Controller 62 interprets signals from sensors 64 and, based thereon, controls valves 54 and 60 (which are, in this embodiment, electronically actuable) and the speed of pump 56. In addition, to facilitate even greater control over imparted turbulence, the illustrated embodiment includes a paddle stirrer assembly 66, the operation of which is also governed by controller 62; it should be recognized, however, that stirrer 66 is ordinarily not necessary.

Controller 62 can be an analog (e.g., voltage-controlled) device, but is preferably a digital computer programmed with appropriate software to carry out the analysis and control functions. In this embodiment, signals from sensors 64 are converted to digital form by analog-to-digital converters, while the digital control signals generated by controller 62 are transformed by digital-to-analog converters into signals capable of opening and closing valves 54 and 60 to a stepped or continuously selectable degree. The programming necessary to effectuate the analysis and control functions described hereinabove is well within the purview of those skilled in the art, and can readily be accomplished without undue experimentation.

3. Removal Subsystem

Removal of inert, solid substances from sludge prior to its reintroduction into vessel 18 has been found to substantially increase the efficiency of waste digestion. This is due, it is believed, both to biological concentration effects (since removal of inert solids results in reintroduction of sludge having higher microorganism levels) and to reduction of biological toxicity (that results, e.g., from heavy metals susceptible to removal in accordance herewith). Indeed, removal of inerts is beneficial in virtually any biological process employing a recycle sidestream, and this aspect of the invention is therefore useful in a wide variety of waste-treatment applications (e.g., conventional single-zone tanks used independently or in series, or the multi-zone arrangement discussed above).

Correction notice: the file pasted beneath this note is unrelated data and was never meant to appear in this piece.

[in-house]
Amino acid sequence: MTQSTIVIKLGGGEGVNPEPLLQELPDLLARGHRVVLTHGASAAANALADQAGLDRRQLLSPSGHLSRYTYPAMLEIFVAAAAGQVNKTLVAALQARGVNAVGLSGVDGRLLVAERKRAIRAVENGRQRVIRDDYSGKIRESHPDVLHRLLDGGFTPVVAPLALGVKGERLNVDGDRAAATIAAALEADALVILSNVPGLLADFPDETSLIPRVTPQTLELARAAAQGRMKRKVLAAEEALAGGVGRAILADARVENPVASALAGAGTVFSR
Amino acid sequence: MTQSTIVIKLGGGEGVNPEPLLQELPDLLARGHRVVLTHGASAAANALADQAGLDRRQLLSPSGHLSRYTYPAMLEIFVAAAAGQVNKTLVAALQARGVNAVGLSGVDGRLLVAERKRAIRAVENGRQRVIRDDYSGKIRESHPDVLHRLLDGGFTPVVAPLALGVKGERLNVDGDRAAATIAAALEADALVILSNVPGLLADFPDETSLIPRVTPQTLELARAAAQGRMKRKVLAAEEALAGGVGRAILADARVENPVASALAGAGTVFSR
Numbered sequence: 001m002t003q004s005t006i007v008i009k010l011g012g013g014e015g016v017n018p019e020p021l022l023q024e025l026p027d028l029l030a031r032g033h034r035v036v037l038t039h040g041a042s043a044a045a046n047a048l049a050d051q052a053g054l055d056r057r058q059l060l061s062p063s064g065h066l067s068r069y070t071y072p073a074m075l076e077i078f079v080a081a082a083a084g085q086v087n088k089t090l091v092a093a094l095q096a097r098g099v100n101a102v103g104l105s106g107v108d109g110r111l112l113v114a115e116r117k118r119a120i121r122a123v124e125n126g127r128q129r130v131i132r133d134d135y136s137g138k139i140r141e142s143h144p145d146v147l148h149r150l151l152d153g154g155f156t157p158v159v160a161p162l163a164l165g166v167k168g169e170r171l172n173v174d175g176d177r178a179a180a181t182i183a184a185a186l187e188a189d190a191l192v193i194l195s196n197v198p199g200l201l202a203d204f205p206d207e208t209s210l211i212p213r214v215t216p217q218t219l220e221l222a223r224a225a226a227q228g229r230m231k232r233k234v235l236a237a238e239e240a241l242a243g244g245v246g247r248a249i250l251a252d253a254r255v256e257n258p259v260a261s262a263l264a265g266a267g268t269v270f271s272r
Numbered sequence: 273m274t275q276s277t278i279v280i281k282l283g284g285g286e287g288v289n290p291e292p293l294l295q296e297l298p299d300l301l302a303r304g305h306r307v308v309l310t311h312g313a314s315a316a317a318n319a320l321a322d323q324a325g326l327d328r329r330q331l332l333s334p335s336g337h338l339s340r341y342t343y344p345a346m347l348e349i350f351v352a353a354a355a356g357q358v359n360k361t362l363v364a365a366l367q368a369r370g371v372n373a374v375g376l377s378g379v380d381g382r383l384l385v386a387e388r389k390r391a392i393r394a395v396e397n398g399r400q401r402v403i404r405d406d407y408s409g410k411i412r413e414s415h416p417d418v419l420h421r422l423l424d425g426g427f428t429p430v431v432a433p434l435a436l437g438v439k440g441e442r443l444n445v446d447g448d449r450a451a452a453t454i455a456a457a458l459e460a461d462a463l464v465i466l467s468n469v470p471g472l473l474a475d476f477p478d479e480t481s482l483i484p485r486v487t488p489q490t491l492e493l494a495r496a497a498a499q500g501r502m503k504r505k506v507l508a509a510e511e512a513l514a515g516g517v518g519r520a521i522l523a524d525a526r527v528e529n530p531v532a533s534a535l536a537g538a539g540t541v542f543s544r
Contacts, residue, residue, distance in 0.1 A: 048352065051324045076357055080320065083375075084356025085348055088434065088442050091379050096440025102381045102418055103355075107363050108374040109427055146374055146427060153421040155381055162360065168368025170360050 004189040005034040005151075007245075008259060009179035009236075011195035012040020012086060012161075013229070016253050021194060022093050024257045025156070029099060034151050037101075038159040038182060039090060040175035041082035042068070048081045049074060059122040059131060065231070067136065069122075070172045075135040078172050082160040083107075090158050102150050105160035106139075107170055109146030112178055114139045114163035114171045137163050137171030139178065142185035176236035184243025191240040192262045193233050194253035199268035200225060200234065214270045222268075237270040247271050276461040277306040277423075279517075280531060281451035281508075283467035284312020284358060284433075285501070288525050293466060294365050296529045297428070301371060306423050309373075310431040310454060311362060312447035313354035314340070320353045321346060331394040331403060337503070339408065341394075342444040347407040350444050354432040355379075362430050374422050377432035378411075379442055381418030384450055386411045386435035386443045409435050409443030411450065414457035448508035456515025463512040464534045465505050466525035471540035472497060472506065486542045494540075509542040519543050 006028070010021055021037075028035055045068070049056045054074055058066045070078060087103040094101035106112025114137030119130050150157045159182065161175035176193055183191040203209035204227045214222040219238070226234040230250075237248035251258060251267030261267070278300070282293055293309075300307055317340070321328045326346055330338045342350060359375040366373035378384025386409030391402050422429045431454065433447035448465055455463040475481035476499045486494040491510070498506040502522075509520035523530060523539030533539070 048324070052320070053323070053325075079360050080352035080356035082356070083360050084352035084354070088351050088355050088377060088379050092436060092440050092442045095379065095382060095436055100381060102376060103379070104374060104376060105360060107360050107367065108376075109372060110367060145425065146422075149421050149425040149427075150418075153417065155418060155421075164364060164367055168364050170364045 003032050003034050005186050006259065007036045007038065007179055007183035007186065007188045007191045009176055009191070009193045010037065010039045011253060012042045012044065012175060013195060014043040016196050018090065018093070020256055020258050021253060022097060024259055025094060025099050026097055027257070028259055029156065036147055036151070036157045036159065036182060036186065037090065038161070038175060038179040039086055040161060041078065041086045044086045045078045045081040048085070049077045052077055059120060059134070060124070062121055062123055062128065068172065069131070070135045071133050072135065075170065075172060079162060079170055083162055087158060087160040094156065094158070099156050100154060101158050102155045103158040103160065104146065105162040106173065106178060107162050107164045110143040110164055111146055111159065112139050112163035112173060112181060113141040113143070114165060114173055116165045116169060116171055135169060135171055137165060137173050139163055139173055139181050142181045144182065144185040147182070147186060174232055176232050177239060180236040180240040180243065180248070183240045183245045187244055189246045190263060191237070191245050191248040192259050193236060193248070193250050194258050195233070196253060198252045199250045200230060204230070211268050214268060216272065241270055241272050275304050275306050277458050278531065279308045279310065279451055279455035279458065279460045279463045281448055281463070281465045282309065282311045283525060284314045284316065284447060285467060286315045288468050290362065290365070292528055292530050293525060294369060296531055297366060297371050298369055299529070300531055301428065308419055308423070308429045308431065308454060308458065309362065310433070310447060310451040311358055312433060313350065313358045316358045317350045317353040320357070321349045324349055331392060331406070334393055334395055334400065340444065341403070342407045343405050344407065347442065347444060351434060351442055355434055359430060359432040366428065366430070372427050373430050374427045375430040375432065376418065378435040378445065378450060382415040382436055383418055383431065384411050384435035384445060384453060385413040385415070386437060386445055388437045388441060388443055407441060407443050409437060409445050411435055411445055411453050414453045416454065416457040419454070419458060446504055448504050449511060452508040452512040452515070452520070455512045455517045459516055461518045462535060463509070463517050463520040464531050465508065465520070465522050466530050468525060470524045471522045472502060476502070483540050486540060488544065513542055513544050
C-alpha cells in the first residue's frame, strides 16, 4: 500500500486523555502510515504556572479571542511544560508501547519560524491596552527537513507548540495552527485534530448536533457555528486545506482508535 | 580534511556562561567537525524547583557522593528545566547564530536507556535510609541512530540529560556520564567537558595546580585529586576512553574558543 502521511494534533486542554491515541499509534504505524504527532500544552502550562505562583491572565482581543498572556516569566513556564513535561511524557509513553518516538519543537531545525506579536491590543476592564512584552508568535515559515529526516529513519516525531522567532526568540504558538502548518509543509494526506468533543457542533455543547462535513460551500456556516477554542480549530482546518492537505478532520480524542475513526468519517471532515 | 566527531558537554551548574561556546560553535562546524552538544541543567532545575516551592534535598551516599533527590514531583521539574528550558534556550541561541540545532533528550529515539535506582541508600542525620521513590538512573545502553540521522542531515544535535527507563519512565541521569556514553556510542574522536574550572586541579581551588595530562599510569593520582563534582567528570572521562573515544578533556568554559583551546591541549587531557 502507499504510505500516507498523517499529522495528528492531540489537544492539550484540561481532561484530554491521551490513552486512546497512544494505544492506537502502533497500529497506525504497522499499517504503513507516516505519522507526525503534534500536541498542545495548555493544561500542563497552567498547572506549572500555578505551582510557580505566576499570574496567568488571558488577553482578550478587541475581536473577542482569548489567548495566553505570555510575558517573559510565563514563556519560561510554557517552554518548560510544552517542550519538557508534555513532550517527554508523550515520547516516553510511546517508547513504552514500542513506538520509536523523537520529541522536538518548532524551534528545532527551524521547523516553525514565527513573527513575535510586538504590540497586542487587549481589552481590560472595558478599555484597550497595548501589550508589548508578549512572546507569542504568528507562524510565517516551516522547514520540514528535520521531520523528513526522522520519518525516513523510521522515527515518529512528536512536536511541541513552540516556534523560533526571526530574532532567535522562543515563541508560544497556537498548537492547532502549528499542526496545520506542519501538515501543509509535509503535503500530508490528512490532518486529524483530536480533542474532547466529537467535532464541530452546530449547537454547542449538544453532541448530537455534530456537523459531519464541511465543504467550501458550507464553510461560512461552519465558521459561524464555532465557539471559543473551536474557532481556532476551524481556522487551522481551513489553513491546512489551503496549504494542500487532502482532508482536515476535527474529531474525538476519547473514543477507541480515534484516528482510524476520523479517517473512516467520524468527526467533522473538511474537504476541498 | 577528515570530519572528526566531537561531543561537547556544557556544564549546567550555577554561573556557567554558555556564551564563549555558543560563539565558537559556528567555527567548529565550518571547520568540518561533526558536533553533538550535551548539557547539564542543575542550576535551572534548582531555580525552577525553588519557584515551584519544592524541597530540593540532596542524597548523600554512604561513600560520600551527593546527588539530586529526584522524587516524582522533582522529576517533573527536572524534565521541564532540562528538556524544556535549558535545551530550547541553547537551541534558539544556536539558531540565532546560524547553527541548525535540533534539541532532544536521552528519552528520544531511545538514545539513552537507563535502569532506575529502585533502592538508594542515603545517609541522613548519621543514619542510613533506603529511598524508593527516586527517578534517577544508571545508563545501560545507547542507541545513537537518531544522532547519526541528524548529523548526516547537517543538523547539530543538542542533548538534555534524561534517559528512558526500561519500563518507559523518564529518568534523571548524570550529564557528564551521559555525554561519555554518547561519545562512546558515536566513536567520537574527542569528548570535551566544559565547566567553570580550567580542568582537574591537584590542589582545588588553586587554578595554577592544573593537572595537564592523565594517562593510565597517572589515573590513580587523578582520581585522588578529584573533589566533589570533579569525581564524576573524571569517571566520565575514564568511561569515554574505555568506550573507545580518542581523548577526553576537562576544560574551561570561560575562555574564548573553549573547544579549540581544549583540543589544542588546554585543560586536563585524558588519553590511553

To understand operation of this aspect of the invention, it is important to appreciate the variety of solids present in typical wastewater. Small (i.e., 1-250 μm in diameter) organic materials include the waste-digestive organisms critical to waste treatment. Larger (>250 μm) organic materials represent various forms of trash. Small and large inorganic particles include inert materials such as sand. Of these categories of solids, only small organics are desirably reintroduced into vessel 18.

Conventionally, a screen having an opening size of over 5000 μm (0.2 inch) has previously been employed in the internal recycle loop to filter the coarsest particles from the recycle stream. Although such large opening sizes obviously discourage plugging, these screens are capable of removing only the very largest particles, which typically constitute only a small fraction (generally <5% by weight) of the stream; accordingly, large amounts of solids remain to poison or at least crowd the biology.